1966  Marton Csokas, New Zealand actor, was born.


1968  Credo of the People of God by Pope Paul VI.


1969  Nigeria banned Red Cross aid to Biafra.


1971  The crew of the Soviet Soyuz 11 spacecraft were killed when their air supply escaped through a faulty valve.


1971 – Ohio ratified the 26th Amendment to the U.S. Constitution, lowering the voting age to 18, thereby putting the amendment into effect.

Great Seal of the United States

1972  The first leap second was added to the UTC time system.

 Deviation of day length from SI based day, 1962–2009

1985 Thirty-nine American hostages from a hijacked TWA jetliner were freed in Beirut after being held for 17 days.

1986  The U.S. Supreme Court ruled that states can outlaw homosexual acts between consenting adults.

1987 The Royal Canadian Mint introduced the $1 coin, known as the Loonie.



1990 East and West Germany merged their economies.

1991 32 miners were killed when a coal mine fire in the Donbass region of the Ukraine released toxic gas.

1992 Former Prime Minister Margaret Thatcher joined the House of Lords as Baroness Thatcher.

A professional photograph of a lady with ginger-blonde hair, sitting in a traditional style and wearing jewellery.

1997  The United Kingdom transferred sovereignty over Hong Kong to China.

A flag with a white 5-petalled flower design on solid red background A red circular emblem, with a white 5-petalled flower design in the centre, and surrounded by the words "Hong Kong" and "中華人民共和國香港特別行政區"

2007 A car crashed into Glasgow International Airport in an attempted terrorist attack.

2009 Yemenia Flight 626 crashed off the coast of Moroni, Comoros killing 152 people and leaving 1 survivor.

Sourced from NZ History Online & Wikipedia



Nelson Eddy would have been 109 today.



Little Eva would have been 67 today.

Tuesday’s answers -updated


Monday’s questions were:

1. Who uses these phrases and what do they stand for:  Dirty Gerttie, Tweak of the Thumb and Red Raw?

2. Name six members of the G8?

3. It’s farfalla in Italian, mariposa in Spanish and papillon in French – what is it in English?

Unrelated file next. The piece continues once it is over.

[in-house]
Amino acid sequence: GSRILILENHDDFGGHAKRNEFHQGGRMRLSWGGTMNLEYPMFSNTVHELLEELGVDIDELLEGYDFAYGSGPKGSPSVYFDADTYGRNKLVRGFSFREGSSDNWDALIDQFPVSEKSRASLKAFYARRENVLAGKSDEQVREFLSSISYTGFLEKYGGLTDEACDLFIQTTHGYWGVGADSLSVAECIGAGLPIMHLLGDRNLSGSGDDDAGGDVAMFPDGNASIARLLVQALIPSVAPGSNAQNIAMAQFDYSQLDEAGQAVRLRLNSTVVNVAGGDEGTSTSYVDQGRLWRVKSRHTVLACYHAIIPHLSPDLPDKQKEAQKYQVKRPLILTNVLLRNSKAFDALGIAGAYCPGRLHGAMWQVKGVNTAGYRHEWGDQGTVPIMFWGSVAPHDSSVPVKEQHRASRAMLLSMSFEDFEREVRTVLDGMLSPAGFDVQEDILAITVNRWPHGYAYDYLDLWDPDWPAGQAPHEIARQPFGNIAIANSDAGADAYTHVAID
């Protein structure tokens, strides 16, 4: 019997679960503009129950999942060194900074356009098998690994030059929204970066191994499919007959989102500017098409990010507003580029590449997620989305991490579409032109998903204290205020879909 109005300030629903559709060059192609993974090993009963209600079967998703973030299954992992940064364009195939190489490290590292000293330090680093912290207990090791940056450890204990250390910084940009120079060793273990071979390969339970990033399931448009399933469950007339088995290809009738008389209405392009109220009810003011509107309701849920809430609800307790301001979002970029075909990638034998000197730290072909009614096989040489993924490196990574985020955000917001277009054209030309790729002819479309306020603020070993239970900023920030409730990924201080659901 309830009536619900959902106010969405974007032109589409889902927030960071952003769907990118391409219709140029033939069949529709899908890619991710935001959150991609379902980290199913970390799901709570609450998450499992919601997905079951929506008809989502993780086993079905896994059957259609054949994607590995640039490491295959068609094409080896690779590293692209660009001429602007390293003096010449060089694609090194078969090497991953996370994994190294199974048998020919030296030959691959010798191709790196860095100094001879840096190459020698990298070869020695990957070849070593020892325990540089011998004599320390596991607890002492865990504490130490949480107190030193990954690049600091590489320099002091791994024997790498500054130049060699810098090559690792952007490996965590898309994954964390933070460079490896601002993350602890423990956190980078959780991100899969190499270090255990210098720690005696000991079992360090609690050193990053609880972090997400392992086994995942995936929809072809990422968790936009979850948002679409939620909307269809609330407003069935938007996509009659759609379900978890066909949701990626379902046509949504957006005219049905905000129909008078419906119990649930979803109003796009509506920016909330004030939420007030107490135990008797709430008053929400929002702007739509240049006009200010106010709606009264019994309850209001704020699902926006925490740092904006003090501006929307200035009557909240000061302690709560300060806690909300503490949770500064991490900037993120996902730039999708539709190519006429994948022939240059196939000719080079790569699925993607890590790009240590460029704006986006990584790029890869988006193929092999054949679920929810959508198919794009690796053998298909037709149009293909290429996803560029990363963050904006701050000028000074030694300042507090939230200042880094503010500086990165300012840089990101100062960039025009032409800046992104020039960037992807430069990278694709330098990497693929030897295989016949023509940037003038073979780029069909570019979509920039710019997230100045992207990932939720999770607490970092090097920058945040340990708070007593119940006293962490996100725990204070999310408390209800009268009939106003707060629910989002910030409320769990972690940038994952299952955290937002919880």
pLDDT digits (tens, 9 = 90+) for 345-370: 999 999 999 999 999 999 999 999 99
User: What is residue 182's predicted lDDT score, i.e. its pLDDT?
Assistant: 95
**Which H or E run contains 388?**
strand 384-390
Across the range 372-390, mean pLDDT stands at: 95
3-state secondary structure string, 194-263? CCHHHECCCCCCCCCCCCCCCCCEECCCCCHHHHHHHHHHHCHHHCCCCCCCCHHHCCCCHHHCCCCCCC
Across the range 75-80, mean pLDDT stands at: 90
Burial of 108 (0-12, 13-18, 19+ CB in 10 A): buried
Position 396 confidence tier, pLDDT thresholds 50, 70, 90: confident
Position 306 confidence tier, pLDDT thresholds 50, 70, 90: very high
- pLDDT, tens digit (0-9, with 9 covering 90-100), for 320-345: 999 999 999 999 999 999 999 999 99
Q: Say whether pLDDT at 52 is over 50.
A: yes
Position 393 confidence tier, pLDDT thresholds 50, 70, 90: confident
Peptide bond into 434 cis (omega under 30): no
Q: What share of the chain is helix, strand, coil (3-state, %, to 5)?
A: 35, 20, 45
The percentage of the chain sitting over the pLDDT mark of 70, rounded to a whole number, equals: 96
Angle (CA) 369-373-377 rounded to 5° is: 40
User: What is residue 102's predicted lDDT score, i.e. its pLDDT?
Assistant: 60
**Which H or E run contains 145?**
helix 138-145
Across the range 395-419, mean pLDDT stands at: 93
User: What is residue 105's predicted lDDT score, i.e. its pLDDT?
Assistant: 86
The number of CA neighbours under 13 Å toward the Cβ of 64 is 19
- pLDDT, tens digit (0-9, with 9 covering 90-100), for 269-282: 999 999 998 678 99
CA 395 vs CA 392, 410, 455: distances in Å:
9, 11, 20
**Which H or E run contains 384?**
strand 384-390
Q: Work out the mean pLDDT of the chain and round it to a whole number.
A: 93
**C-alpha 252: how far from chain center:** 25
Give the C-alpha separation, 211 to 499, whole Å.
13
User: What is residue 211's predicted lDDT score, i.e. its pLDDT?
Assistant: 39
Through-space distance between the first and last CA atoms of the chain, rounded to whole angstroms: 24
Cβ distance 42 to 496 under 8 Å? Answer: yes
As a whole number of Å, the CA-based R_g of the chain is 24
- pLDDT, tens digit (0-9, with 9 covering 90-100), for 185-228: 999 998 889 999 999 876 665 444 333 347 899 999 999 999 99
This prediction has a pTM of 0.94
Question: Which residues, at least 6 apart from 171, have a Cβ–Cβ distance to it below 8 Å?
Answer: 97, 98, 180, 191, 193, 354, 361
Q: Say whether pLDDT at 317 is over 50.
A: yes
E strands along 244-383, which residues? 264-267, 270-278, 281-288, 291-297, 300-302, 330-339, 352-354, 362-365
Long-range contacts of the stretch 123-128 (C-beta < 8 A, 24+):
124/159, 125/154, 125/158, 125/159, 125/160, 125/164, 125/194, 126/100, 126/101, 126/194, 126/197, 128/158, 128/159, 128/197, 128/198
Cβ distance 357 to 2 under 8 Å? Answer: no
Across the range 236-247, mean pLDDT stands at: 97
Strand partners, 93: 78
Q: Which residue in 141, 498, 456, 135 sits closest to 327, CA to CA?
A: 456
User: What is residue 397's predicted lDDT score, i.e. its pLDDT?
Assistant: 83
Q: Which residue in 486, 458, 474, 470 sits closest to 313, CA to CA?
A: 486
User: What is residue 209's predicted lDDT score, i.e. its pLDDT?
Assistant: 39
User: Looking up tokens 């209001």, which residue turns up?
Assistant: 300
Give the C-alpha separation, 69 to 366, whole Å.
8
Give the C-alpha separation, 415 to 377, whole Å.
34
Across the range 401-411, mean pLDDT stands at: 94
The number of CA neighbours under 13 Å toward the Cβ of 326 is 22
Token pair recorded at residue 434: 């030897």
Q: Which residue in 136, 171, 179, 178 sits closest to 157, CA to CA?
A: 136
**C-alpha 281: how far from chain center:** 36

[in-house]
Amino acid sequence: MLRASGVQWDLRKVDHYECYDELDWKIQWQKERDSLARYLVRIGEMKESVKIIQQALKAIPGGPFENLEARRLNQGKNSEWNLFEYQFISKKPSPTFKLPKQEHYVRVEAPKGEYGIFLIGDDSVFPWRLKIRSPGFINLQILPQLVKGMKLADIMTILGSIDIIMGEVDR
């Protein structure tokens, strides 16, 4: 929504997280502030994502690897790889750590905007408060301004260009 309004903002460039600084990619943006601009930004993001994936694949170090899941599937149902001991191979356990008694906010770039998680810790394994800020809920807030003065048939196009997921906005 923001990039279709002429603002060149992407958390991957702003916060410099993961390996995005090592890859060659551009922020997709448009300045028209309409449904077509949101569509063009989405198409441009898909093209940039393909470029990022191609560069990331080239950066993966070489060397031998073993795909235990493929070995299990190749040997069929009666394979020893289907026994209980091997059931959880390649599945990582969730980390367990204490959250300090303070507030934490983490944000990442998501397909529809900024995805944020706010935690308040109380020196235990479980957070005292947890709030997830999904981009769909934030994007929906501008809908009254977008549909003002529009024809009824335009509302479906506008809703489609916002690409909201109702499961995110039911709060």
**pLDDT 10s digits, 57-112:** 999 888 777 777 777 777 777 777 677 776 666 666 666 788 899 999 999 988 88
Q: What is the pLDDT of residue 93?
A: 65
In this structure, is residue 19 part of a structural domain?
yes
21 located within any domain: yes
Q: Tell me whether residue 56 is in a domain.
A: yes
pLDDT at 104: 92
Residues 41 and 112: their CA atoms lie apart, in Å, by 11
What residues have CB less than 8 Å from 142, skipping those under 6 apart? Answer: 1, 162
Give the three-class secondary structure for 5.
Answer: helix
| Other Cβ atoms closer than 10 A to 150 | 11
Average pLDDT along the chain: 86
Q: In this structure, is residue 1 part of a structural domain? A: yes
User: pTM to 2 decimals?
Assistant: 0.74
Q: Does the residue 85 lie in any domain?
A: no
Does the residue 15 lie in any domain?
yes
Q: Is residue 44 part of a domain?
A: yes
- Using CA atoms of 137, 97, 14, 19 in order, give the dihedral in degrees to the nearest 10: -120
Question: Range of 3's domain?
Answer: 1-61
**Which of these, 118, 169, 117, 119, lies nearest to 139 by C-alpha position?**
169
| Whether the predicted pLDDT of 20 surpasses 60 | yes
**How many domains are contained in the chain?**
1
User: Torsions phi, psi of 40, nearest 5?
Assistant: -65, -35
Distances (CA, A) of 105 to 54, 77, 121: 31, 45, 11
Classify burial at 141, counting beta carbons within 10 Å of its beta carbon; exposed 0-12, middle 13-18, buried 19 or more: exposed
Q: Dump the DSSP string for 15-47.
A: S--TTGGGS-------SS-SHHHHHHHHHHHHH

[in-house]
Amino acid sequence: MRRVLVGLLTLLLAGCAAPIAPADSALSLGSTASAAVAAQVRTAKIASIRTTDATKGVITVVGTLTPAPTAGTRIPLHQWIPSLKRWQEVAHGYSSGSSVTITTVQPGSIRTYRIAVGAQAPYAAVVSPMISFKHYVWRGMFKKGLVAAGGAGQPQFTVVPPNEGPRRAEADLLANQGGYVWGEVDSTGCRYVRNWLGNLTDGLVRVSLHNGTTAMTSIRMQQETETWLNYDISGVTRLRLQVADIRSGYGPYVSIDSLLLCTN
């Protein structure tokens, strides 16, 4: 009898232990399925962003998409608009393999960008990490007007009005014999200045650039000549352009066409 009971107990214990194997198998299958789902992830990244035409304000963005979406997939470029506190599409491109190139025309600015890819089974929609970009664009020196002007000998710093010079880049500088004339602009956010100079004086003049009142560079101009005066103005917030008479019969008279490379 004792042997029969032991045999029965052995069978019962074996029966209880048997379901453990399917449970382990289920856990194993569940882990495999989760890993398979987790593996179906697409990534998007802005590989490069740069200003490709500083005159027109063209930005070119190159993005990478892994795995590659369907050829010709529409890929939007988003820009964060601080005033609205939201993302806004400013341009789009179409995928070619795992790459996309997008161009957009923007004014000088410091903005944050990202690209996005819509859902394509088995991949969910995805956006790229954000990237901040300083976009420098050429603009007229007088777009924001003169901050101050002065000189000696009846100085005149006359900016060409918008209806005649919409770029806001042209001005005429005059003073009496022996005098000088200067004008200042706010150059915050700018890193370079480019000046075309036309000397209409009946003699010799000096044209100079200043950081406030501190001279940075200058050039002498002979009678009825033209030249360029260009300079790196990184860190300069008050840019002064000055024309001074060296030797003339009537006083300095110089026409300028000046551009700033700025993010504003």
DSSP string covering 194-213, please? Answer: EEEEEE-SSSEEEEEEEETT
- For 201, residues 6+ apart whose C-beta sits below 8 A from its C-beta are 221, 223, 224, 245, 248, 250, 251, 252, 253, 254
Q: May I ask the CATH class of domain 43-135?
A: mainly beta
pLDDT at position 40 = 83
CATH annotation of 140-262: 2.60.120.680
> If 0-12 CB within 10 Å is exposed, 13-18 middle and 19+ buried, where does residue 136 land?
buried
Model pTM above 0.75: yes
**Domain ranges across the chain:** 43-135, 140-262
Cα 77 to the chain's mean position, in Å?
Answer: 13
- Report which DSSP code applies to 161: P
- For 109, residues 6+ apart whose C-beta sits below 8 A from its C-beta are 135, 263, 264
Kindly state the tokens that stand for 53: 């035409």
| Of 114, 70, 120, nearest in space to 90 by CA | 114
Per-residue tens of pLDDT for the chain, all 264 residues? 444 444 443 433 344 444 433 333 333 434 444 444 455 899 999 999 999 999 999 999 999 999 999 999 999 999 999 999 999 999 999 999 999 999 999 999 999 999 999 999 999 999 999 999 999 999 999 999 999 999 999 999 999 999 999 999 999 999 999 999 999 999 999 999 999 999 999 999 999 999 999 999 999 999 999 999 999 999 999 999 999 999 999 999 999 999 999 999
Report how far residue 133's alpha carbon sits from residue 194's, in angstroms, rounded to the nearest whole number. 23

4. Who said: “If you want something said, ask a man . . . if you want something done, ask a woman.” 

5. The first four lines of our National Anthem in Maori are: E Ihowa Atua/O nga iwi matou ra/Ata whakarongona;
/Me aroha noa .
What are the next four lines?

Gravedodger gets the electronic bunch of flowers with 4 right.

Paul got 2 1/2 right  (they are numbers used by housie callers but you forgot to say which numbers they refer to) with a bonus for good try for # 3 and accuracy and humour for #5.

Adam got 2 right. I’m not familiar with Lilo Lil but he can have a 1/2 for her too and a bonus for humour for #4.

PDM got two right, 1/2 for being close and making me smile for #1 and 1/2 for #4 because he may be right.

The answers follow the break:

UPDATE: Bearhunter answered after I’d done the marking this morning and scored 4 1/2 which earns an electronic bunch of flowers too.

Read the rest of this entry »



The cold is always colder for the person who stays in a room than it is for the person who comes in or goes out and leaves the door open.

Selling IP bigger concern than selling land


If people weren’t happy when a Chinese company, Agria, bought a 19% share of PGG Wrightson last year, it didn’t make the headlines yet the thought of selling land to Chinese causes an uproar.

Wrightson isn’t just a stock and station firm it does a lot of plant breeding.

In gaining a share of the company the new owners would have gained rights to intellectual property in grass species developed by Wrightson.

No-one can pick up land and take it with them but it’s very easy to take IP and use it somewhere else.

Is smoking a right?


When Labour was trying to sell legislation making bars smoke-free it made the mistake of promoting it as a measure to reduce smoking.

I agreed it would and had no argument with the policy. But it would have been much easier to sell, and been less likely to be criticised as a nanny-state measure if it had been promoted as protecting the health of staff.

That’s what Corrections Minister Judith Collins has done with the plan to ban smoking by prisoners.

While tobacco is legal, people have the right to smoke it but that right is trumped by other people’s right to breathe smoke-free air.

I’ve never been tempted to try smoking and can’t understand why anyone would, but I do understand that once you have and are addicted it is very difficult to stop.